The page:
CTV News - HST opponents calling for public inquiry
Date: Saturday Aug. 6, 2011 6:35 PM PT
Opponents of the HST are calling for a public inquiry after voting closed in B.C. Friday, amid fears that hundreds of voters never received their ballots. ...
Oh come on... it only gets worse. =.="
Firstly, there was the overly complicated and long question from the FightHST group. And now this...
This only shows how desperate, paranoid, and fearful the FightHST people are of our own democratic process... like if we were trapped in some authoritarian government where some supposed "dictators" named Gordon Campbell and Christy Clark had come in and fixed and/or influenced the result already for the continuation of the HST. Fact of the matter is, other than some clarification on what may happen after the referendum, both have done very little campaigning whatsoever on the tax and have not interfered in the operation or electoral process of Elections BC (which by the way is a non-partisan branch of the legislature).
Unless the result is really close, and we don't even know yet for crying out loud
, this is only a ploy for the FightHST group to draw out the fight and therefore force their opinion onto the rest of British Columbians whether they dislike the HST or not. And that's not democratic at all. That's bullying of all things.
Perhaps I should launch a counter complaint saying that the multitude of media reports that were biased towards the FightHST group has distorted the referendum to such an extent that it is no longer free and fair for the pro-HST groups, and also that the distortion and harsh rhetoric from FightHST may have forced people to vote Yes because of possible social and physical retaliation from their peers and the general public. But meh... I don't feel safe doing that anymore when a topic like taxes can turn out to be so explosive and divisive.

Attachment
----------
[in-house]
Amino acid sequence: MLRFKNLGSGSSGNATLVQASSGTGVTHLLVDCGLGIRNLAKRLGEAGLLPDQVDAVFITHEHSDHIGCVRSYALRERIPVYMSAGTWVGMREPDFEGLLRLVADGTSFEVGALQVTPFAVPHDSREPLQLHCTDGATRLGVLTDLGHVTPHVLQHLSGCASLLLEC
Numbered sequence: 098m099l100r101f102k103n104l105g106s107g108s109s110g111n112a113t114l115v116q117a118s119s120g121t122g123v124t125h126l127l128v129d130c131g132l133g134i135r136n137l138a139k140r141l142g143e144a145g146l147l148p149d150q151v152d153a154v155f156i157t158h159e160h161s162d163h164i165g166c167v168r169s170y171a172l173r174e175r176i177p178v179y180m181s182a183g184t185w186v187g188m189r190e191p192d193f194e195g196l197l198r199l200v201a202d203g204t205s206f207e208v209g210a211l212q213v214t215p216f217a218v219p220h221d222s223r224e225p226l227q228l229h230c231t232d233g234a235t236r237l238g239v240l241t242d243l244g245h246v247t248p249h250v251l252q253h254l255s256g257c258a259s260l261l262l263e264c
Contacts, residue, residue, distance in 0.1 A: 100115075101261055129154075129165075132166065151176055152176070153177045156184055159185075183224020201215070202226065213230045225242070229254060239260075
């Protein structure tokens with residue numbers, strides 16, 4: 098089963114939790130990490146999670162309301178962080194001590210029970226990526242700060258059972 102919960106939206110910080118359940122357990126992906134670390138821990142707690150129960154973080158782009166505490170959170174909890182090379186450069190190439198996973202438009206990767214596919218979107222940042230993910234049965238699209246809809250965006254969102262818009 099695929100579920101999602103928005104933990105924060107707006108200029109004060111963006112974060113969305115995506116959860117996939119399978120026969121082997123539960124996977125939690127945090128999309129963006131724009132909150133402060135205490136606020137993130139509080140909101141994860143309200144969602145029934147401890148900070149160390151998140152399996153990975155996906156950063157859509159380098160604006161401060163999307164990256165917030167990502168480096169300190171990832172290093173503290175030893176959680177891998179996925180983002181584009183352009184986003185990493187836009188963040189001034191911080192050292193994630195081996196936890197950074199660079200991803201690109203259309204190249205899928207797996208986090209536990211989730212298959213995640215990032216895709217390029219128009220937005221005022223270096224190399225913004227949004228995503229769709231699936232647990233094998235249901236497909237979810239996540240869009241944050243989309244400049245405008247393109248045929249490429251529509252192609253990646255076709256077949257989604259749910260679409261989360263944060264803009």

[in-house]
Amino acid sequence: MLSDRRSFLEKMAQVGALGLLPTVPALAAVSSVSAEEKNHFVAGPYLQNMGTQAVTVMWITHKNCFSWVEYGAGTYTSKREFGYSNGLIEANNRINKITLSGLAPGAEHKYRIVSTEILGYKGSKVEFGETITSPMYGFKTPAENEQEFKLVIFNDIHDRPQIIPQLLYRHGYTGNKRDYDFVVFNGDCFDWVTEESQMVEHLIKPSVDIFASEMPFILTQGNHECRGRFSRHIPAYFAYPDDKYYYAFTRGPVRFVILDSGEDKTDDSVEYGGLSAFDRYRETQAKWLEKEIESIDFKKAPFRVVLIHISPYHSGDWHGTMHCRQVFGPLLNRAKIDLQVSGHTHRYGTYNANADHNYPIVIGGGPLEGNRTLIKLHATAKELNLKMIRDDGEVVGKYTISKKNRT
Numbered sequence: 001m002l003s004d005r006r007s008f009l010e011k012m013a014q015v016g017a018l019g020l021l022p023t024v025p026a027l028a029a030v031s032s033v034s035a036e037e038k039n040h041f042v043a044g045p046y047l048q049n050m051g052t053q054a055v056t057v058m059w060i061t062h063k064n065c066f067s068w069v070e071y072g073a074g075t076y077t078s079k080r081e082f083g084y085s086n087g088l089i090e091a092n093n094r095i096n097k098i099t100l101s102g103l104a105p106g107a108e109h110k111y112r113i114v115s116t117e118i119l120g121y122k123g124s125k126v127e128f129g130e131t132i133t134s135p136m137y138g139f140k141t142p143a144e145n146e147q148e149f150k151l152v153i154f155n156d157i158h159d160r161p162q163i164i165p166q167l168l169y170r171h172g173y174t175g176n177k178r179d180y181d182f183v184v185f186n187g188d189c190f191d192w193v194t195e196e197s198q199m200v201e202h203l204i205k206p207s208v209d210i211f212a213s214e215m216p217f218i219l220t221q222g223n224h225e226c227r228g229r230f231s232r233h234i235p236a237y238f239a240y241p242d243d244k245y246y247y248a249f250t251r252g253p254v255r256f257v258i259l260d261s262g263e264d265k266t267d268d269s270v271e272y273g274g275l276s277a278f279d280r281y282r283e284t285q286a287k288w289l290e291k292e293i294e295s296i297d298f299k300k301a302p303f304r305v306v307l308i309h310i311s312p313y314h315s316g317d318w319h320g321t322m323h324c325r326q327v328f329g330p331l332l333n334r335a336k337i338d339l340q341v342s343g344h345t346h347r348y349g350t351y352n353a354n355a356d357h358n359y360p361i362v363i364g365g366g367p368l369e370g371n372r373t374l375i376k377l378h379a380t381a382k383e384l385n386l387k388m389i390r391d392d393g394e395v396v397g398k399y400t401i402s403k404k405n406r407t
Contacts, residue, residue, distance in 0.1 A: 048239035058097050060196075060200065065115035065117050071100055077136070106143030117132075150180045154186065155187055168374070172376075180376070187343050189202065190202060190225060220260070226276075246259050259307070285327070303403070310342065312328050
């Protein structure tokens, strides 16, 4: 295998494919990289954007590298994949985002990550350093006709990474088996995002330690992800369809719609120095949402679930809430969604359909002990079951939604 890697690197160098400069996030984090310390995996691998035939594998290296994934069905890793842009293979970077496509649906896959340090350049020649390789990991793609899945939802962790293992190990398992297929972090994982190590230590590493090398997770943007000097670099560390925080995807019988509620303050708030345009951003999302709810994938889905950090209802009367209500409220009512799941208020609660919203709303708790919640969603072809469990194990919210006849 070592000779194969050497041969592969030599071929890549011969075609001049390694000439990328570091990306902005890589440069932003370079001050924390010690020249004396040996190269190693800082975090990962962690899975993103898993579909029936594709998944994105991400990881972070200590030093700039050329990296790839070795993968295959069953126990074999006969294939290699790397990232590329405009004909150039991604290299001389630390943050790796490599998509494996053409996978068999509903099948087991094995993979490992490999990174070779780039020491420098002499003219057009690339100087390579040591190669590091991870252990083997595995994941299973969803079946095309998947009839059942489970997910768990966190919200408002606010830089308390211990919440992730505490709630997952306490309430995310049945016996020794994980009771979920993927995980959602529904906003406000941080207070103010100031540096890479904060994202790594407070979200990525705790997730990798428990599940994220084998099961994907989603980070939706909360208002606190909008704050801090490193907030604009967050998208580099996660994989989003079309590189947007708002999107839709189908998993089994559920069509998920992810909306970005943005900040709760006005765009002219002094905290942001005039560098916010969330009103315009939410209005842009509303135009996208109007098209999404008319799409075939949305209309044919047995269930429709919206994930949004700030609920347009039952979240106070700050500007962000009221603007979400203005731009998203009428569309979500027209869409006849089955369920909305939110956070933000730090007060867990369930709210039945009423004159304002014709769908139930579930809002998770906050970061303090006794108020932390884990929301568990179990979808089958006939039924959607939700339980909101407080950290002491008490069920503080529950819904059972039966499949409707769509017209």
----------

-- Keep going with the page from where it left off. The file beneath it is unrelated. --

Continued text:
And on a side note, Waders, you're thinking the same way that I'm thinking... just too many people using their emotions. In fact I wrote a lengthy Facebook post on the danger of referendums on the democratic process, which I'll post here:
Referendums: An inefficient way to govern British Columbia. = (
by Allan Kuan on Saturday, July 16, 2011 at 2:46pm
I strongly do not support the general principle of a tax revolt through the use of a referendum. Most governments are generally competent in running the province and the municipalities without public interference; if they are found to be incompetent, or implement policies which are really damaging, they can either be prosecuted after the fact or be voted out of office. In fact, since my opposition to referendums is so strong, I feel that the next provincial government should repeal the option for both binding and voluntary referendums on finance alone and binding referendums on all other matters.
Legislation passed by the government is not as simple as a few lines or sentences put together. Generally a lot of thought and debate has to be put into what effects it may have long after it is implemented. Say for example you cut the HST to 10%. A lot of people will jump on that as being more money for their pocket, but will probably miss the corresponding decrease in revenue that helps to finance public services and infrastructure projects. Or another example… says every person who is suspected of a crime must be sent to jail for at least a week. People might think of it as being a good policy at crime reduction; however, there’s no way the prison or jail service can handle the huge influx of short-term prisoner stays that would occur as a result of the passage of this law – or at least not without building new prisons at a significant monetary price. In addition the law in its most basic form doesn’t consider the fact that people may be innocent and therefore do not deserve the automatic sentence at all.